Lessons learned: A failed side project

Side projects have always been an important part of how I learn new skills and technologies. This usually ends with me dumping some prototype on Github, sometimes even with an open source project that I commit to maintain over a long time.

Two years ago, for the first time, I pursued a project idea which should not be open-source but a commercial SAAS product. It grew out of the Doctrine teams desire to synchronize Github Pull Requests with our Jira instance: A workflow engine for HTTP services. If this, then that (IFTTT) already existed at that point, but was far too limited for my use-case. I wanted something to allow:

  • Accept a Github Pull Request Event
  • Open a Jira Ticket
  • Comment back on the Pull Request with a link to the Pull Request
  • Optionally mention that the Pull Request should be made to master, instead of $BRANCH

I started developing this in my free time based on PHP, Symfony2, CouchDB, PostgreSQL and Backbone.js and got a prototype working early. However instead of reaching the state where I could release the project to others I hit some hurdles:

  1. The project had a UI where you could add/remove and reconnect tasks through a graphical workflow editor. The javascript became very messy fast, because I didn’t understand Backbone fully and also didn’t know patterns for decoupling and testing Javascript code.
  2. I had to restart with the core domain service side code, because I based it on the Zeta Components workflow library and it was too unflexible for my special requirements, messing the code up.
  3. I wanted to implement way too many features and had a huge backlog of issues to implement before “beta”.

Last year in July, when I finally had something remotely usable Zapier hit the market with a beautiful product and support for gazillions of services. At that point my service just had support for Github, Twitter and Jira and for generic HTTP POST requests and a UI that could not be operated by anyone else but me. I was quite demotivated that day I found out about Zapier.

Nevertheless I continued to work on the project and tried to make it even more powerful than Zapier, by introducing more features that neither IFTTT nor Zapier had. Adding this complexity ended up being the nail into the coffin of the project.

Each week I worked less and less on the project, because I couldn’t find the motivation. When Zapier got funded in October I was both sad and happy: Apparently my idea was a good one, however somebody else executed this idea much better than myself. I stopped working on the project that week.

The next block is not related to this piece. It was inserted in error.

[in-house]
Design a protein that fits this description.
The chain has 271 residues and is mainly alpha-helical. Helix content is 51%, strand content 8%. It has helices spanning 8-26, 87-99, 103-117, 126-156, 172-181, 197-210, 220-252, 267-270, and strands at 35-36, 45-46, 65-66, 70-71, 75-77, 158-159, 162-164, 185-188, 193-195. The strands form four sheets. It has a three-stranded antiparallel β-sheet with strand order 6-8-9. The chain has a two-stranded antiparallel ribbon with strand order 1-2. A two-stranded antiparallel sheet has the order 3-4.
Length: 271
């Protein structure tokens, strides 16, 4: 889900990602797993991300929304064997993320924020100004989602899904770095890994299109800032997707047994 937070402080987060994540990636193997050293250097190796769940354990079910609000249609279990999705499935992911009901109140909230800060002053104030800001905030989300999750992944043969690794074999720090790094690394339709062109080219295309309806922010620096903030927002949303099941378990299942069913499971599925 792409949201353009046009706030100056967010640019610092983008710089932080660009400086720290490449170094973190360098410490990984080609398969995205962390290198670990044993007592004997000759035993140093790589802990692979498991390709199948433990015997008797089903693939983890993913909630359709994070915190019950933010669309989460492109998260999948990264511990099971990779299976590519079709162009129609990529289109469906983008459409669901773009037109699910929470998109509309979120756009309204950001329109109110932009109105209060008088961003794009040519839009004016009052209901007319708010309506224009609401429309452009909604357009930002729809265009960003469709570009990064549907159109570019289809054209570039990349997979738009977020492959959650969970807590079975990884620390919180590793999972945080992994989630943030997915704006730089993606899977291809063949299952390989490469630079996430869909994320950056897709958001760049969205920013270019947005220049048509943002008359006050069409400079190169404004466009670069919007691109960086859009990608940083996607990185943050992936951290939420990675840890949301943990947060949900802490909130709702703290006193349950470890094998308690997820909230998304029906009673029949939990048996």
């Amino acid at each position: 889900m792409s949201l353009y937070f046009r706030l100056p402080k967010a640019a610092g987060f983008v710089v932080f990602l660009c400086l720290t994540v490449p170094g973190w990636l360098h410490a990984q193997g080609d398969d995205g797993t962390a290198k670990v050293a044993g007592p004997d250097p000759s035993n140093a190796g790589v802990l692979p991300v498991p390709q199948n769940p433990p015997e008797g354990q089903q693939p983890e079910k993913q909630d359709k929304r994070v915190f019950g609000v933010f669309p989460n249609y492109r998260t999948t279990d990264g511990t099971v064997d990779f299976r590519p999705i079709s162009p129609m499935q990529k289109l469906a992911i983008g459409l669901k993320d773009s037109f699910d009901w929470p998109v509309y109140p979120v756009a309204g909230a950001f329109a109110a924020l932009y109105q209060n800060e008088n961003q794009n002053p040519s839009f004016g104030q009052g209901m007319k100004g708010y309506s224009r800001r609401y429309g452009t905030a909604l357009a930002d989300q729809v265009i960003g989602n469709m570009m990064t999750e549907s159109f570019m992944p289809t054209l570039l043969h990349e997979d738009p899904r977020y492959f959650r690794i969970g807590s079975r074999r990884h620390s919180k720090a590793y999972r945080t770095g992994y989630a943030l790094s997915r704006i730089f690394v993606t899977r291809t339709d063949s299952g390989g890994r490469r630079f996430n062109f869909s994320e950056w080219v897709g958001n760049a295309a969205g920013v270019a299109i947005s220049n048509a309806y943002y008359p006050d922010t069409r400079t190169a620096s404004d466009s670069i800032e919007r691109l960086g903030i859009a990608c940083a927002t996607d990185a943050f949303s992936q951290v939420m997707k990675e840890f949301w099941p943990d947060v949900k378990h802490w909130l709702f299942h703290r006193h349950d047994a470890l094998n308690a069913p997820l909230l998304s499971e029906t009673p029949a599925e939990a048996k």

Today I took the day to migrate the Doctrine Pull Request workflow to a simple hardcoded application and disabled my projects website entirely.

I want to use this moment to share my personal lessons learned:

  • Choosing a scope that allows you to finish a working prototype within 1-2 months is an important key to success.

    The longer it takes to get something working and useable for others, the less motivation you have. I know from my open-source experience that people using your project is a huge motivation boost.

    The side projects I started since last October are much smaller in scope.

  • You can actually get burned out by a side project: by designing its scope way too big.

  • You cannot compete feature-wise with startups that put their full attention into a project from morning to night. Either make something small working better than commercial products or quit your job and put your full time into this.

  • Side projects are either about learning new technologies or about trying to build something commercially successful. Don’t try to combine this or you might get frustrated by choosing the wrong technology for the job.

  • Never ever use an existing open-source library as the core of your complicated business domain. If your domain is something remotely interesting you will fail to achieve your goals with the restrictions of the library.

  • Starting a big project alone is not a good idea. I found out that discussing ideas with people is very valuable and at the point where I started sharing my idea with others I was already too far into the project to be able to take most of the advice into account.

  • Keeping a project idea secret is completely useless. Others will come up with the same idea regardless. People have ideas all the day, however nobody ever has time to implement them. When they do, execution is even more important than the idea itself.

What are your lessons learned from failed side projects? I would be happy to hear other stories.

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